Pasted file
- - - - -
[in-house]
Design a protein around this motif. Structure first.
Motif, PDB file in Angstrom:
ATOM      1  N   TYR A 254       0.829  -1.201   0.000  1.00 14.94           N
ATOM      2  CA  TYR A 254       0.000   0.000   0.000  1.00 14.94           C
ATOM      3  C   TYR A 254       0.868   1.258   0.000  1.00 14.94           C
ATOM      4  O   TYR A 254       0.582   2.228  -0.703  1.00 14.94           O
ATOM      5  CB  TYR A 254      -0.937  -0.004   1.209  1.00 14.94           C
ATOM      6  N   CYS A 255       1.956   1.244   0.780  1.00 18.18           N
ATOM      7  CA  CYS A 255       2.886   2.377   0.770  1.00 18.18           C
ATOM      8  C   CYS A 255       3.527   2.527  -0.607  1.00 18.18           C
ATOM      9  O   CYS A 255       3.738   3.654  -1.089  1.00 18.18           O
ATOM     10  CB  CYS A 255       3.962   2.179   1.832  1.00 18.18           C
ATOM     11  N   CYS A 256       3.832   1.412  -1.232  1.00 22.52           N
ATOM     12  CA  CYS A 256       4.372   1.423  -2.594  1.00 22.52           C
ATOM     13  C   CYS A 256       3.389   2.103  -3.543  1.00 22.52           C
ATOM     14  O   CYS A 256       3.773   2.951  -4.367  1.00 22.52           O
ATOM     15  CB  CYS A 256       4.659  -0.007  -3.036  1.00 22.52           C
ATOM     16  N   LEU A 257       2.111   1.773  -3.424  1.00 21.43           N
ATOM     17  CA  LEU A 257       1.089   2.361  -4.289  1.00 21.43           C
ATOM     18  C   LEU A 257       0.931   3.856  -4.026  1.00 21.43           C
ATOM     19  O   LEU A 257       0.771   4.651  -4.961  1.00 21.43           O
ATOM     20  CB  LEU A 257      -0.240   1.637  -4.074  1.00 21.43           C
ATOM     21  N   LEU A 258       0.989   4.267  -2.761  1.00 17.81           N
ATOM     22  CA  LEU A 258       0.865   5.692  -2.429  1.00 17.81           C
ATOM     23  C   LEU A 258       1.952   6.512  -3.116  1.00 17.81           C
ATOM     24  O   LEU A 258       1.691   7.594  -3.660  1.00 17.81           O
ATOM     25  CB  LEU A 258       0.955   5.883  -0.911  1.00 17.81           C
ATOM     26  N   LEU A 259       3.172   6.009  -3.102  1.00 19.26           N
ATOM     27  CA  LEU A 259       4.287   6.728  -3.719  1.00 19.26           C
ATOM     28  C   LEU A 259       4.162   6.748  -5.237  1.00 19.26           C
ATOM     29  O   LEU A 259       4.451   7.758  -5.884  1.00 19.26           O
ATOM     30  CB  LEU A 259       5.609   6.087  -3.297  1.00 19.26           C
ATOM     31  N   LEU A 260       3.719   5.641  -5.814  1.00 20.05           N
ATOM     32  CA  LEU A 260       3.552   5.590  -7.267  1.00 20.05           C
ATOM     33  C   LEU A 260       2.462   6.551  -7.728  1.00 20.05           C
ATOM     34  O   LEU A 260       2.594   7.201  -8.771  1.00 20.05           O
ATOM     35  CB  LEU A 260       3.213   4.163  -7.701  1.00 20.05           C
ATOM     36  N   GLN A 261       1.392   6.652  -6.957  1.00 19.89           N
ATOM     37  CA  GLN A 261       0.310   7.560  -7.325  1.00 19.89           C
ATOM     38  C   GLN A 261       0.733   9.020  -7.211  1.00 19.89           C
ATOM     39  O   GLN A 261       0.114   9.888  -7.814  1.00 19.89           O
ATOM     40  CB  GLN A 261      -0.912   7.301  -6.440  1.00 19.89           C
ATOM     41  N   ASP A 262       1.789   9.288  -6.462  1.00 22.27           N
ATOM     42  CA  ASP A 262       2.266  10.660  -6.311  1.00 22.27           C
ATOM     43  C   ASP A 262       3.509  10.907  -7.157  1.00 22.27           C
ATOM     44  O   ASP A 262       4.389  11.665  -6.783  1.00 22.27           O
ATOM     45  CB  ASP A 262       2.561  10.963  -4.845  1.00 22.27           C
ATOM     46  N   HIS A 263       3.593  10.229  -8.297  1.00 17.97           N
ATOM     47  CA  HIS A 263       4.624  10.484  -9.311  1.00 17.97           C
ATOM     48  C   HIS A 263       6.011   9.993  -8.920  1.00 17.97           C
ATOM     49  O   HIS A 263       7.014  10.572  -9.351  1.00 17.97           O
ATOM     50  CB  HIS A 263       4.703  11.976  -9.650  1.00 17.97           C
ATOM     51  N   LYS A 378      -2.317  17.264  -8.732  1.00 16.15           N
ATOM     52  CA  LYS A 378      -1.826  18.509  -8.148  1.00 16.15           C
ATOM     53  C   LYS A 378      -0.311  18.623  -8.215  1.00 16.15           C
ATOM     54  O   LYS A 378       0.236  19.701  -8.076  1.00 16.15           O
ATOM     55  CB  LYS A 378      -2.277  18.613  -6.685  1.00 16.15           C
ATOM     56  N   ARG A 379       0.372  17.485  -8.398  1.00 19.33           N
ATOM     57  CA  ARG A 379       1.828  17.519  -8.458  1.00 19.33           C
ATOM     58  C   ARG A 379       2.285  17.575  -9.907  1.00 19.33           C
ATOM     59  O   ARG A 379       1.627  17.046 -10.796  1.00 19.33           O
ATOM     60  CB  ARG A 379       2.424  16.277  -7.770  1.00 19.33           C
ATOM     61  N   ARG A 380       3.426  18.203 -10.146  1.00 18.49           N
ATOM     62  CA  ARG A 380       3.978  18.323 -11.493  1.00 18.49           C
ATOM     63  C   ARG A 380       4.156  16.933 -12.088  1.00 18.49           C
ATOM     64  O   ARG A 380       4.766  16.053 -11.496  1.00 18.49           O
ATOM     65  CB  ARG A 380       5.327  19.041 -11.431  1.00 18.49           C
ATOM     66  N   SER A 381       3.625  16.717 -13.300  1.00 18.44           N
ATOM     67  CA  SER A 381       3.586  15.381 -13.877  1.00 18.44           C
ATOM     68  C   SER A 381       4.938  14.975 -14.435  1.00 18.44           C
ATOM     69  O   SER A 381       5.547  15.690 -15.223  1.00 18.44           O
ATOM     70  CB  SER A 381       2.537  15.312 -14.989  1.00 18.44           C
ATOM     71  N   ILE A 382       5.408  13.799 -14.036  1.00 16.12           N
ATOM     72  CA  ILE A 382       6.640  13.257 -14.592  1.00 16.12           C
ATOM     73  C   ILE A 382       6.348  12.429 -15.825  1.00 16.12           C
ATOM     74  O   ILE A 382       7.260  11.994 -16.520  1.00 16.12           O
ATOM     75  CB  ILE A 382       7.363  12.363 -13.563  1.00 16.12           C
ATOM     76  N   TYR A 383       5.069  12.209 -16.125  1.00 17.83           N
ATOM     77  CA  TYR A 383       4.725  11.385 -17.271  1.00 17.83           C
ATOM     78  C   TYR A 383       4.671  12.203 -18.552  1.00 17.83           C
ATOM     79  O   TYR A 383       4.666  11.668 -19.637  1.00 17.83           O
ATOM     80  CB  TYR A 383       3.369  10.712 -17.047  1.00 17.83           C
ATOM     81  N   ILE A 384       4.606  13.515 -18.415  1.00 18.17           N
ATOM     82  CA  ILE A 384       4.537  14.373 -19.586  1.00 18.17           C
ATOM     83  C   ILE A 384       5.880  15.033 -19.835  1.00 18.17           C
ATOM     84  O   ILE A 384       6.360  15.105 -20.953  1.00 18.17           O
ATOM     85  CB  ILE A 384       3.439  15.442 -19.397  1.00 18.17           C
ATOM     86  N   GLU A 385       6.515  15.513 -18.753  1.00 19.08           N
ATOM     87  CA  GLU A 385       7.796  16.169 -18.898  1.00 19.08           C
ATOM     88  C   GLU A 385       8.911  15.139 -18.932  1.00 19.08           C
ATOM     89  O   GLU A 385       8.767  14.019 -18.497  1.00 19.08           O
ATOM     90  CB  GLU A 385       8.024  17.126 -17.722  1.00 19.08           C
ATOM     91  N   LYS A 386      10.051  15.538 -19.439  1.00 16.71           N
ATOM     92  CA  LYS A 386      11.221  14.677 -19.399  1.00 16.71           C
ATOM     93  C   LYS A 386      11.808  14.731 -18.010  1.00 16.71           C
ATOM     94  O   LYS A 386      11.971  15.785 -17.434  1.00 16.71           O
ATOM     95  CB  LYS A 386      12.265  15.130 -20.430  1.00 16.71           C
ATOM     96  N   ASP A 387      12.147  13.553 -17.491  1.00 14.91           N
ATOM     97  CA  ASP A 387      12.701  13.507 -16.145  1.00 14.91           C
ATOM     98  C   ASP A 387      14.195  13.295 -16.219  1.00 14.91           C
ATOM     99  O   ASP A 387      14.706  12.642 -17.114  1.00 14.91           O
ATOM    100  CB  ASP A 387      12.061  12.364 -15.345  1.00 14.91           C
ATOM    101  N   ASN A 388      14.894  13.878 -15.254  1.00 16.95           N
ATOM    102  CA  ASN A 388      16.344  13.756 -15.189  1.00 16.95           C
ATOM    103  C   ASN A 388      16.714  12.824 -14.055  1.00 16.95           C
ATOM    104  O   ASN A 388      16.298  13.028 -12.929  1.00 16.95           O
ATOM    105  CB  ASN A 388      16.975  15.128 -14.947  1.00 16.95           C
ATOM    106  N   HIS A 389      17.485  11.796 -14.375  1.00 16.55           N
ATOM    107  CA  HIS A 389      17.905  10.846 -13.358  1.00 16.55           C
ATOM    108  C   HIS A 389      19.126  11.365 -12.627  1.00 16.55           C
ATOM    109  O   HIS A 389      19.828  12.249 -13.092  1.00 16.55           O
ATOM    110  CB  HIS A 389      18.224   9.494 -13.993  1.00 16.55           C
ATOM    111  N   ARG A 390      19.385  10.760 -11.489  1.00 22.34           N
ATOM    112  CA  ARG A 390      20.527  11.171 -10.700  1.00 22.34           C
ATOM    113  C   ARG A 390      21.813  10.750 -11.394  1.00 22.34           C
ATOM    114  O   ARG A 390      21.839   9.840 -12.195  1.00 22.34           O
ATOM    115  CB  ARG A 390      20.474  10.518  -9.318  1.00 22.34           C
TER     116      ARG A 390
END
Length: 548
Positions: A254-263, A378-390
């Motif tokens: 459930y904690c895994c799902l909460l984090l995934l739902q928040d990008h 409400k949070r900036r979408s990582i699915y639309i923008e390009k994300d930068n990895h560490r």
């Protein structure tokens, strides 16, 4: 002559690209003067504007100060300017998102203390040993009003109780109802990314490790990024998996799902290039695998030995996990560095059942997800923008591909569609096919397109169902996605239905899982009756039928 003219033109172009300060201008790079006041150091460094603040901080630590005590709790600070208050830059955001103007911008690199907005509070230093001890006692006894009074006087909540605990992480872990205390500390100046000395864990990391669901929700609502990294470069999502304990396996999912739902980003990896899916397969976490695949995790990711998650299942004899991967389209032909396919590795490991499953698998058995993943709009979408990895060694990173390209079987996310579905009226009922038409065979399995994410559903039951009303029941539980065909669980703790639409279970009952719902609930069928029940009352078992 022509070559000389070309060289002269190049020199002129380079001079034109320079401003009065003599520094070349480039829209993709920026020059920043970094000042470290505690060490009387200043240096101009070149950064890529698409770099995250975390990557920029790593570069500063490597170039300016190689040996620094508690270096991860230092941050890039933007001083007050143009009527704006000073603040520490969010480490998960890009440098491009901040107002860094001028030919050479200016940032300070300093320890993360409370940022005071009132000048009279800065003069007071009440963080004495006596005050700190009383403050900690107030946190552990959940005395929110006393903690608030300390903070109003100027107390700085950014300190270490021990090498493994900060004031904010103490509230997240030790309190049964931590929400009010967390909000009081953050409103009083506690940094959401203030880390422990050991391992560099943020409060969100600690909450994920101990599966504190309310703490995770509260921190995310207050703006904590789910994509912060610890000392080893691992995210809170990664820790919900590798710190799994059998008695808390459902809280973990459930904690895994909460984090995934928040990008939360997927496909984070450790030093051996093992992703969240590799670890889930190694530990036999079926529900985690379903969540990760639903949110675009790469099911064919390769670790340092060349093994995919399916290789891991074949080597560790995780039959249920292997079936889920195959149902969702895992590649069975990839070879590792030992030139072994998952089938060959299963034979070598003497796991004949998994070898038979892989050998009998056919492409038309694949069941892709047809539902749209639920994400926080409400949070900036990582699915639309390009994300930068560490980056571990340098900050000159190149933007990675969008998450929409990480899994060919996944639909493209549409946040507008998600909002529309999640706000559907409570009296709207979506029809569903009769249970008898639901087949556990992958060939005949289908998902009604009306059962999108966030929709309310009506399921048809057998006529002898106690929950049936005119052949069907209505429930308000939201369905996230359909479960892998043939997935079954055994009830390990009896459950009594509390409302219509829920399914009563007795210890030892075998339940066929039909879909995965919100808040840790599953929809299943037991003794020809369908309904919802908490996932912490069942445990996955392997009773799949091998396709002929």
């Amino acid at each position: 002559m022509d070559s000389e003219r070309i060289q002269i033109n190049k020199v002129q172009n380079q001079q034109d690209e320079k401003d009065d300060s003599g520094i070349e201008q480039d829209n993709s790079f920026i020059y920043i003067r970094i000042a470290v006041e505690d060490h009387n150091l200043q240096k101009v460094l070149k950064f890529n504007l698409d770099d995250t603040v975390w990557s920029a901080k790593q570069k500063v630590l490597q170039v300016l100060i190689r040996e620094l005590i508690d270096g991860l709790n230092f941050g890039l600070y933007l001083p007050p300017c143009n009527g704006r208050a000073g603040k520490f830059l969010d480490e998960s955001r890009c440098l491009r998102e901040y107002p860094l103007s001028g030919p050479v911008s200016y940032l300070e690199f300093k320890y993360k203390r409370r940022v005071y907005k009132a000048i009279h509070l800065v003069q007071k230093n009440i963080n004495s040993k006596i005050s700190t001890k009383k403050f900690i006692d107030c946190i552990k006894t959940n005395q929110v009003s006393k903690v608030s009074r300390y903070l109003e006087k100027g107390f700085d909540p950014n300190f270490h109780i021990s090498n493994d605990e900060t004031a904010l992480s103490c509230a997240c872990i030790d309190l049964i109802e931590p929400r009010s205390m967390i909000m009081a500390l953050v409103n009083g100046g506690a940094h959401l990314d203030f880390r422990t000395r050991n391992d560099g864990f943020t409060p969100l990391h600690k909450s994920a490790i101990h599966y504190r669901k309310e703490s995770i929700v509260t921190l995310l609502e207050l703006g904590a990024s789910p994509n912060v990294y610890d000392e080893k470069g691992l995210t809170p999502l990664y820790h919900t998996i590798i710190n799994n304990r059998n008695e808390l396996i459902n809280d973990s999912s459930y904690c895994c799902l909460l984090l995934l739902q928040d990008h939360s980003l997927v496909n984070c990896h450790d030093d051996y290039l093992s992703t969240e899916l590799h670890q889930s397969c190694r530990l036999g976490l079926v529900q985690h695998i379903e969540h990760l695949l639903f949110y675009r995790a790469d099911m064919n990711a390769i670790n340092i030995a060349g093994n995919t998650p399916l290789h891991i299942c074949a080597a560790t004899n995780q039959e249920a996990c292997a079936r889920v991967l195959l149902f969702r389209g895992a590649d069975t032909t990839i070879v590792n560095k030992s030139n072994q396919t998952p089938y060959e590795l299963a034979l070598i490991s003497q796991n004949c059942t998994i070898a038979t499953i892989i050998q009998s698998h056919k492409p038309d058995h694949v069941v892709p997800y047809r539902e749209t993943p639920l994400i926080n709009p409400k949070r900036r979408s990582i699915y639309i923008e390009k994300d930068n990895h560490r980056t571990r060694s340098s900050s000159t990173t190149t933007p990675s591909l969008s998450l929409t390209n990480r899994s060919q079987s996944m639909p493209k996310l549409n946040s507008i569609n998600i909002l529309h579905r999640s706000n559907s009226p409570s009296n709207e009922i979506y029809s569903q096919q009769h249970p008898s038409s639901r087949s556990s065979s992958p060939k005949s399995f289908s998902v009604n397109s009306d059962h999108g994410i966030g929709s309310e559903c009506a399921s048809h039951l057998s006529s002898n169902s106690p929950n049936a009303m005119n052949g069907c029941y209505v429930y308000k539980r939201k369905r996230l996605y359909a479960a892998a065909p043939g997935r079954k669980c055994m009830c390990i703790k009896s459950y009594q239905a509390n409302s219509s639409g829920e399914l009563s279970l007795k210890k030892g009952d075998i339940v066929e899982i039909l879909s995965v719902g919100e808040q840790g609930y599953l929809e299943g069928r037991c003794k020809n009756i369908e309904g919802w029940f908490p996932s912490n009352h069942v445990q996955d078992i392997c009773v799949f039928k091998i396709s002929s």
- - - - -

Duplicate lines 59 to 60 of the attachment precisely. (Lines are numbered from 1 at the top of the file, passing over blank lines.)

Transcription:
ATOM     56  N   ARG A 379       0.372  17.485  -8.398  1.00 19.33           N
ATOM     57  CA  ARG A 379       1.828  17.519  -8.458  1.00 19.33           C